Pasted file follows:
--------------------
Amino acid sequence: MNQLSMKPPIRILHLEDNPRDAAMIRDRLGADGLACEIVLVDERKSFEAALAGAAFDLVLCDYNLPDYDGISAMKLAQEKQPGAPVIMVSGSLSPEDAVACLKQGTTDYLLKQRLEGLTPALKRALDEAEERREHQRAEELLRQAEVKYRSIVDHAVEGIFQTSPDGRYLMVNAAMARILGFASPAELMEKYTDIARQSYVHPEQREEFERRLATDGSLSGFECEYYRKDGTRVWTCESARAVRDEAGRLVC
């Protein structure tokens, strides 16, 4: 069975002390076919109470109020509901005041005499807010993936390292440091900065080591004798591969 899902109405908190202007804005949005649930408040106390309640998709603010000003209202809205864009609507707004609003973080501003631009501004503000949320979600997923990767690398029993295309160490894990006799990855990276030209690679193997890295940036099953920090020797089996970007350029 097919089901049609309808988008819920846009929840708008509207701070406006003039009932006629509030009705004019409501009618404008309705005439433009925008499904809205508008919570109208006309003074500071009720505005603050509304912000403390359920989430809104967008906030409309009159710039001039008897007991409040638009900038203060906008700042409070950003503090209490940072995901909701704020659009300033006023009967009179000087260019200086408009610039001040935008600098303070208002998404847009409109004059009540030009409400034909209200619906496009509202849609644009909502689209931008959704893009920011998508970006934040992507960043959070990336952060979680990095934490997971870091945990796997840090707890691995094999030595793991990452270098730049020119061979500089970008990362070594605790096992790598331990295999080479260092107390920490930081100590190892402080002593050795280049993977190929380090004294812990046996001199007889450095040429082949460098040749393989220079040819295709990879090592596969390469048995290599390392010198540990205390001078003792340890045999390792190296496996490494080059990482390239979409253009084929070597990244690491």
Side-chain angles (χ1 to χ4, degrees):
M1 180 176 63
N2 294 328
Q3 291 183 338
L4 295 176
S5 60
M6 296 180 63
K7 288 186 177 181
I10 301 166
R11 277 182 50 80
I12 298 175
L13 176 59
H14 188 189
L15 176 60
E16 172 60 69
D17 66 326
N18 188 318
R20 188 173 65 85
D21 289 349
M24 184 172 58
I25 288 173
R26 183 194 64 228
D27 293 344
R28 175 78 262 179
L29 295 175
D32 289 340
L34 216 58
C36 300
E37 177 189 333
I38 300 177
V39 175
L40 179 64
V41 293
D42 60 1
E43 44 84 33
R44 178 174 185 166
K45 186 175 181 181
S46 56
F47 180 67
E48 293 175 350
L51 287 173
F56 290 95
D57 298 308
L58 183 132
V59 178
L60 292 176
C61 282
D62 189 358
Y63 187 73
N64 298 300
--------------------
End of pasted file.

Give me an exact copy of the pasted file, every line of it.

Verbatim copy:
Amino acid sequence: MNQLSMKPPIRILHLEDNPRDAAMIRDRLGADGLACEIVLVDERKSFEAALAGAAFDLVLCDYNLPDYDGISAMKLAQEKQPGAPVIMVSGSLSPEDAVACLKQGTTDYLLKQRLEGLTPALKRALDEAEERREHQRAEELLRQAEVKYRSIVDHAVEGIFQTSPDGRYLMVNAAMARILGFASPAELMEKYTDIARQSYVHPEQREEFERRLATDGSLSGFECEYYRKDGTRVWTCESARAVRDEAGRLVC
């Protein structure tokens, strides 16, 4: 069975002390076919109470109020509901005041005499807010993936390292440091900065080591004798591969 899902109405908190202007804005949005649930408040106390309640998709603010000003209202809205864009609507707004609003973080501003631009501004503000949320979600997923990767690398029993295309160490894990006799990855990276030209690679193997890295940036099953920090020797089996970007350029 097919089901049609309808988008819920846009929840708008509207701070406006003039009932006629509030009705004019409501009618404008309705005439433009925008499904809205508008919570109208006309003074500071009720505005603050509304912000403390359920989430809104967008906030409309009159710039001039008897007991409040638009900038203060906008700042409070950003503090209490940072995901909701704020659009300033006023009967009179000087260019200086408009610039001040935008600098303070208002998404847009409109004059009540030009409400034909209200619906496009509202849609644009909502689209931008959704893009920011998508970006934040992507960043959070990336952060979680990095934490997971870091945990796997840090707890691995094999030595793991990452270098730049020119061979500089970008990362070594605790096992790598331990295999080479260092107390920490930081100590190892402080002593050795280049993977190929380090004294812990046996001199007889450095040429082949460098040749393989220079040819295709990879090592596969390469048995290599390392010198540990205390001078003792340890045999390792190296496996490494080059990482390239979409253009084929070597990244690491």
Side-chain angles (χ1 to χ4, degrees):
M1 180 176 63
N2 294 328
Q3 291 183 338
L4 295 176
S5 60
M6 296 180 63
K7 288 186 177 181
I10 301 166
R11 277 182 50 80
I12 298 175
L13 176 59
H14 188 189
L15 176 60
E16 172 60 69
D17 66 326
N18 188 318
R20 188 173 65 85
D21 289 349
M24 184 172 58
I25 288 173
R26 183 194 64 228
D27 293 344
R28 175 78 262 179
L29 295 175
D32 289 340
L34 216 58
C36 300
E37 177 189 333
I38 300 177
V39 175
L40 179 64
V41 293
D42 60 1
E43 44 84 33
R44 178 174 185 166
K45 186 175 181 181
S46 56
F47 180 67
E48 293 175 350
L51 287 173
F56 290 95
D57 298 308
L58 183 132
V59 178
L60 292 176
C61 282
D62 189 358
Y63 187 73
N64 298 300